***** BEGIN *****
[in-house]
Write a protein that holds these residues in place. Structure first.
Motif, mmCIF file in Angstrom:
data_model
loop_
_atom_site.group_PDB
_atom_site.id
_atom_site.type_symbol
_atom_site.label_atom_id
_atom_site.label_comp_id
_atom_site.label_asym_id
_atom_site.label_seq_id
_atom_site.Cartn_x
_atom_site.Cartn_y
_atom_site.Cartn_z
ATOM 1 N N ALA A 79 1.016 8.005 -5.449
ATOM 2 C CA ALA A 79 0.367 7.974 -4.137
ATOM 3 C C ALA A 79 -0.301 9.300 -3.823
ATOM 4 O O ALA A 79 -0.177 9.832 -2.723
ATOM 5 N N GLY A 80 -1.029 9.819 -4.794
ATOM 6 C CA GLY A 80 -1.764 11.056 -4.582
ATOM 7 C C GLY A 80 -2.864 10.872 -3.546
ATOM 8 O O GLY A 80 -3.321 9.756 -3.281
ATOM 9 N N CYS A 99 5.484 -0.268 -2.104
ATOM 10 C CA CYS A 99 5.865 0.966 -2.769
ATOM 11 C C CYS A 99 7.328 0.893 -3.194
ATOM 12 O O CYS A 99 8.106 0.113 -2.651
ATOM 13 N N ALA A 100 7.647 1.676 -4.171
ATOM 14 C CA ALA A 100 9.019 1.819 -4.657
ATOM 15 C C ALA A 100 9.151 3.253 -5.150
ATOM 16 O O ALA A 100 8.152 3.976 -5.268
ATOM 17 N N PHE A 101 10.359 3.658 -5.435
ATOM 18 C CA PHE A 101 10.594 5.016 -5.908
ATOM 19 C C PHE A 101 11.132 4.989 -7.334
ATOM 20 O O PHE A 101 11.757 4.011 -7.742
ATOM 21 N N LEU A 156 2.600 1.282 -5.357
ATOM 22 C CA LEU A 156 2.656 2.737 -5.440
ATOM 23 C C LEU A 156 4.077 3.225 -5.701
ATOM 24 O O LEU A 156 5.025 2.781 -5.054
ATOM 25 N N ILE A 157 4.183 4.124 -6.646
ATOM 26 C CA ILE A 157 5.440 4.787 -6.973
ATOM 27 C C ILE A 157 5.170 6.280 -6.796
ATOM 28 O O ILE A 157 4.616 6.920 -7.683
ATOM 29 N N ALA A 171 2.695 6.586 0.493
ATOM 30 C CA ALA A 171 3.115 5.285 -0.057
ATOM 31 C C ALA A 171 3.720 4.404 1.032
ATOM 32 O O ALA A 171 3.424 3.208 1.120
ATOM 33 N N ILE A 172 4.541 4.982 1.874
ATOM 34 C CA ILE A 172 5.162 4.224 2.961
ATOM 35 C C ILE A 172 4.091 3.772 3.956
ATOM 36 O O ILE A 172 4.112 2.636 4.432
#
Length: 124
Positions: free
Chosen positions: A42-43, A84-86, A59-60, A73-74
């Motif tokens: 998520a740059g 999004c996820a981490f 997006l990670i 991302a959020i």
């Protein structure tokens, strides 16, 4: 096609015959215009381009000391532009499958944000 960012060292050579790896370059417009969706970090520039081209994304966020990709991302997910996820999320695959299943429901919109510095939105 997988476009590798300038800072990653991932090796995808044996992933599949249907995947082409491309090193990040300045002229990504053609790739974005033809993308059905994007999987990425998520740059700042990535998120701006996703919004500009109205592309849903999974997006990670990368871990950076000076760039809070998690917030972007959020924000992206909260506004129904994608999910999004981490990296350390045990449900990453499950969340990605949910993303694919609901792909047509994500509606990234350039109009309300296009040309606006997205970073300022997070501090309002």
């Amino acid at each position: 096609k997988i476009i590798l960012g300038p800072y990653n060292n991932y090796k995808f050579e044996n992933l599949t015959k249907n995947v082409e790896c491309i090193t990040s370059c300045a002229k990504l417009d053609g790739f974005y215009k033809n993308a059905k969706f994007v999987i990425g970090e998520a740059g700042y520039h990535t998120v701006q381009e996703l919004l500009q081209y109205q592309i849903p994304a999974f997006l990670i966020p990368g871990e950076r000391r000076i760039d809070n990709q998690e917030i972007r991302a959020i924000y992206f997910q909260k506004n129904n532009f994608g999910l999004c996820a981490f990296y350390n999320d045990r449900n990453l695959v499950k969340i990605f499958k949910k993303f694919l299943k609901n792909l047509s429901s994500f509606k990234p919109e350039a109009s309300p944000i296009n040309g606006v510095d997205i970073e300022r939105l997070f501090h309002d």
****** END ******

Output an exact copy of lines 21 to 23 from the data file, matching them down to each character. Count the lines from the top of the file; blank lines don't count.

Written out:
ATOM 6 C CA GLY A 80 -1.764 11.056 -4.582
ATOM 7 C C GLY A 80 -2.864 10.872 -3.546
ATOM 8 O O GLY A 80 -3.321 9.756 -3.281